Tom Frieden’s Efficient Approach to Global Health

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WASHINGTON, D.C. — It Is in times of crisis when the world looks to those equipped with the expertise to make the big decisions, as is happening now in response to the current Ebola crisis in Africa. One such public figure is the director of the Center for Disease Control, Tom Frieden. This outbreak is hardly Frieden’s first foray into handling medical crises, and his record of success has garnered him widespread respect.

Before being named the director of the CDC in 2009, Frieden got his M.D. and Master’s in Public Health from Columbia University before beginning work for the CDC as an Epidemic Intelligence Service Officer. During his time with EIS, Frieden’s work was largely domestically oriented.

In the early 1990s, Frieden worked in New York City to contain the outbreak of a strain of drug-resistant tuberculosis, and with a multi-year approach he was successful. After his work with EIS, the World Health Organization tapped him for a similar mission to India, where he spent five years developing a public health system that ended up saving thousands of lives and establishing a widely respected name for Frieden back in the United States.

Upon returning to New York, mayor Michael Bloomberg requested that Frieden lead the effort to improve health by heading a campaign to minimize public consumption of sugar and trans-fats as well as smoking, an effort that resulted in drastic improvements for the health of New York City.

Soon after U.S. President Barack Obama entered office, he put Frieden in charge of the CDC, where he was faced with a new slew of challenges, including the H1N1 virus. Despite the public flak he received for it, he made the decision to have vaccines shipped to the infected as they were produced, emphasizing that helping people immediately was better than waiting to send out a larger batch when it might be too late.

Frieden went on to work on a national anti-tobacco campaign that was estimated to save the lives of 100,000 people and prevented children from starting to use tobacco.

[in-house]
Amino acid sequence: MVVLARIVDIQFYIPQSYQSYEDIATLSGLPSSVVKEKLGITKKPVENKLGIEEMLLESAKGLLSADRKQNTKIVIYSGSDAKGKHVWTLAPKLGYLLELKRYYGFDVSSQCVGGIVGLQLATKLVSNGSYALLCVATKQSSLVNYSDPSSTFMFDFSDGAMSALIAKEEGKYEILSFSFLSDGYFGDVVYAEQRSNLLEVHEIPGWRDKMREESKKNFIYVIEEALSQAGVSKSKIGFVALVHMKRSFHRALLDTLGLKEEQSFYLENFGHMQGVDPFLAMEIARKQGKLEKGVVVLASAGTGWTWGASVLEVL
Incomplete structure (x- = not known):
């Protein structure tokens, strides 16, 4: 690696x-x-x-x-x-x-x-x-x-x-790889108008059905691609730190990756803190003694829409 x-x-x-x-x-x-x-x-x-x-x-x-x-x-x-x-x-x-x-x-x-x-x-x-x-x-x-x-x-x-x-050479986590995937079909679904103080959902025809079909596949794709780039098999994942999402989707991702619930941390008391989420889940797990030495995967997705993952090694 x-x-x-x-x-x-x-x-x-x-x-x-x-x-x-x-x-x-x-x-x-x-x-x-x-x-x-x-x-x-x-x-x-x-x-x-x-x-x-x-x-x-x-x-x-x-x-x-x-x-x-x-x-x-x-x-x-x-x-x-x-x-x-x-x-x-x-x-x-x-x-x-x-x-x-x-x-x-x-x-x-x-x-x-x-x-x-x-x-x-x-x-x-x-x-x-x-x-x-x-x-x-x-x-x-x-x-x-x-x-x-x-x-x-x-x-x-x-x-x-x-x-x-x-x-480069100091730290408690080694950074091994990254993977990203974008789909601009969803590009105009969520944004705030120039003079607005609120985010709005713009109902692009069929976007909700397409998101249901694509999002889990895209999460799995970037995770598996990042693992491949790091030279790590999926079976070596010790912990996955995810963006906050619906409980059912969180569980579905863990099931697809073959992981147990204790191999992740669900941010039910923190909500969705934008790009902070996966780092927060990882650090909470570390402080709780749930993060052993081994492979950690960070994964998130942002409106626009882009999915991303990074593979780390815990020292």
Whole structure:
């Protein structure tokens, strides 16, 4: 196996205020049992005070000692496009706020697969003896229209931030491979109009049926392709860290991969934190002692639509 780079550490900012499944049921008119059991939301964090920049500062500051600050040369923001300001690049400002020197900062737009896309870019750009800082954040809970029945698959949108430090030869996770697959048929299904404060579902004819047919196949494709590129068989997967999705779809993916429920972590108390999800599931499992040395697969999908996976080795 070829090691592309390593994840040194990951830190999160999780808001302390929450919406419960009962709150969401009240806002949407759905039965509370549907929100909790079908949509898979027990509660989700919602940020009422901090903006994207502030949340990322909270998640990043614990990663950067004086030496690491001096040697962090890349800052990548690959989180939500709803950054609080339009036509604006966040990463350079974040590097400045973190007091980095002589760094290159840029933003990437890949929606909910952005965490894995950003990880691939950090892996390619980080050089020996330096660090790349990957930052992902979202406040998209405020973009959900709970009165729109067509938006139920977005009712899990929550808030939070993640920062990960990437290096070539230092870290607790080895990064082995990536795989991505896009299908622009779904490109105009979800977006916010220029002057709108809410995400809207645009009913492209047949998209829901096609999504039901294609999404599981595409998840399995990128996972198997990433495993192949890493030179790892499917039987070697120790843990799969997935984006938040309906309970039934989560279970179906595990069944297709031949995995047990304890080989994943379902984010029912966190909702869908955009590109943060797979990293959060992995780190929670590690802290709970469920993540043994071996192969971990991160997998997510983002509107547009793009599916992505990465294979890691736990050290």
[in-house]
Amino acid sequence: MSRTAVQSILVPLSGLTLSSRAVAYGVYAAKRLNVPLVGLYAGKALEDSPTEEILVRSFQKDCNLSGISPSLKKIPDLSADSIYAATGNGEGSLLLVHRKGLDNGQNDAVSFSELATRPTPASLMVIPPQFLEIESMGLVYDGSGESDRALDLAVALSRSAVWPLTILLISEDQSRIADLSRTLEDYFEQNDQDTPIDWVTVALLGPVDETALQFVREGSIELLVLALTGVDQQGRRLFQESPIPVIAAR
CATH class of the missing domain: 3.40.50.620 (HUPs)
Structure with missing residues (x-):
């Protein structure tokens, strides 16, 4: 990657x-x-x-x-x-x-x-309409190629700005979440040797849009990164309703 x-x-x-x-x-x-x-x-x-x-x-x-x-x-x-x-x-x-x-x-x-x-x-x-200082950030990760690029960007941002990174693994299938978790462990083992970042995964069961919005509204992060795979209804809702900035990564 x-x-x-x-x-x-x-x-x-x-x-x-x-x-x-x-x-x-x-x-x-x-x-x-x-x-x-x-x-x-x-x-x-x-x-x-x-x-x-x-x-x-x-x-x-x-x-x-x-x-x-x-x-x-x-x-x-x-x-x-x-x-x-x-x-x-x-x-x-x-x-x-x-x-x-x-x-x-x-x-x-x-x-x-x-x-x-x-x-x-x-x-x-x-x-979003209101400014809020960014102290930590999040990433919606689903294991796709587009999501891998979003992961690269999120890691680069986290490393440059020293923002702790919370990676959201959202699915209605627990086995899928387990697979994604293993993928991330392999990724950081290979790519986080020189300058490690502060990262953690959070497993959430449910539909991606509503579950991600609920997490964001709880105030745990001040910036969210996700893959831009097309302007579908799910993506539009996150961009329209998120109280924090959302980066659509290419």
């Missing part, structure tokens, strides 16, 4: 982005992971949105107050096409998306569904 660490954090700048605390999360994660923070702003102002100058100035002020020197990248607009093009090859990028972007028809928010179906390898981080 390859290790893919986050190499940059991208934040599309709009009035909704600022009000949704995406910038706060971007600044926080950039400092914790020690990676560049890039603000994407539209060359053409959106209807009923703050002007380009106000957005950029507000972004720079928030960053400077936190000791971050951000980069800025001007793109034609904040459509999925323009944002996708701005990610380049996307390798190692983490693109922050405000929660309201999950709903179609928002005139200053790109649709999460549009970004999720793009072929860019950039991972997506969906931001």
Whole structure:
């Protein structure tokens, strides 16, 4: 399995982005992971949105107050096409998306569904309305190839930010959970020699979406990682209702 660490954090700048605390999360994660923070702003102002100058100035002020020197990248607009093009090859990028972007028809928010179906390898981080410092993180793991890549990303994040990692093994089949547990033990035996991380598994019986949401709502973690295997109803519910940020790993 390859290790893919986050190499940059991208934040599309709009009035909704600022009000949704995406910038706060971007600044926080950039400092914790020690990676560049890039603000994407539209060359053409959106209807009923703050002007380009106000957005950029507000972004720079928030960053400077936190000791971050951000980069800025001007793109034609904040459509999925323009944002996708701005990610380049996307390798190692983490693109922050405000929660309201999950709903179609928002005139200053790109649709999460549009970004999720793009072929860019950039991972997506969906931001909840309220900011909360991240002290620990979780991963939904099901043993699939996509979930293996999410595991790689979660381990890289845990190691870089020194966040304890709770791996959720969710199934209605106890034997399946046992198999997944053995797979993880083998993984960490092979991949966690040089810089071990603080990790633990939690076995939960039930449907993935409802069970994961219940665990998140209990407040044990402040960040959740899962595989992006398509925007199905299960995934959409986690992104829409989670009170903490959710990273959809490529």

In terms of his approach to the broader health concerns facing the world, the CDC developed a list of five of the most urgent health concerns that the CDC, with the collaboration of other organizations, is equipped to handle effectively in 2014. Frieden has plans for the most efficient ways to approach these health priorities.

Some of the priorities on the CDC’s agenda are important to global health, including improving global health security and eradicating polio around the world. As for the former, Frieden explains that in response to the fact that only one in five countries is able to detect, prevent and treat health crises, the technologies and resources available to the CDC are vital to turning things around. Training doctors and nurses, as well as improving surveillance in labs and of outbreaks, are all part of Frieden’s approach to making impoverished countries safer and healthier.

In terms of polio, Frieden is determined to eliminate it in areas like Nigeria, one of the few countries where polio has yet to be stamped out. Failure is not an option in his eyes, as he notes the strong possibility that increased cases of polio would result in 200,000 paralyzed children within the decade.

In the midst of approaching these urgent health concerns, the director has also been faced with a new crisis, receiving praise along the way for his calm and swift decision making in his approach to the Ebola outbreak that has claimed thousands of lives. Alfred Sommer, the man who recruited Frieden for the New York health department position in the 1990’s, believes in Frieden’s capability, explaining, “He’s almost ideally situated by temperament and experience to be in a leadership role in this particular outbreak.”

As the outbreak has worsened and become more difficult to handle, Frieden has emphasized the threat of Ebola in the currently affected African regions, as well as the very real threat it poses to the rest of the world. He explains, “We’re going to protect Americans best by stopping it at the source in Africa. It’s going to be a long, hard fight. It’s not going to be easy. But we have the tools, and we have to use them.”

Frieden is taking a practical and procedural approach to addressing the crisis, working to minimize panic and be as effective as possible in keeping people safe. As the Ebola crisis continues and when inevitable future global health crises occur in the world, Frieden’s drive and commitment leave him well equipped to make a difference.

Maggie Wagner

Sources: Public Health Newswire, NBC News, CDC
Photo: Bella Naija

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About Author

Maggie Wagner

Maggie is from Denver, Colorado and goes to school at the University of Colorado in Boulder. Maggie wants to gear her future toward helping people, and happens to love to write, so The Borgen Project seemed like a perfect opportunity for her. Maggie can play the kazoo like it's nobody's business.

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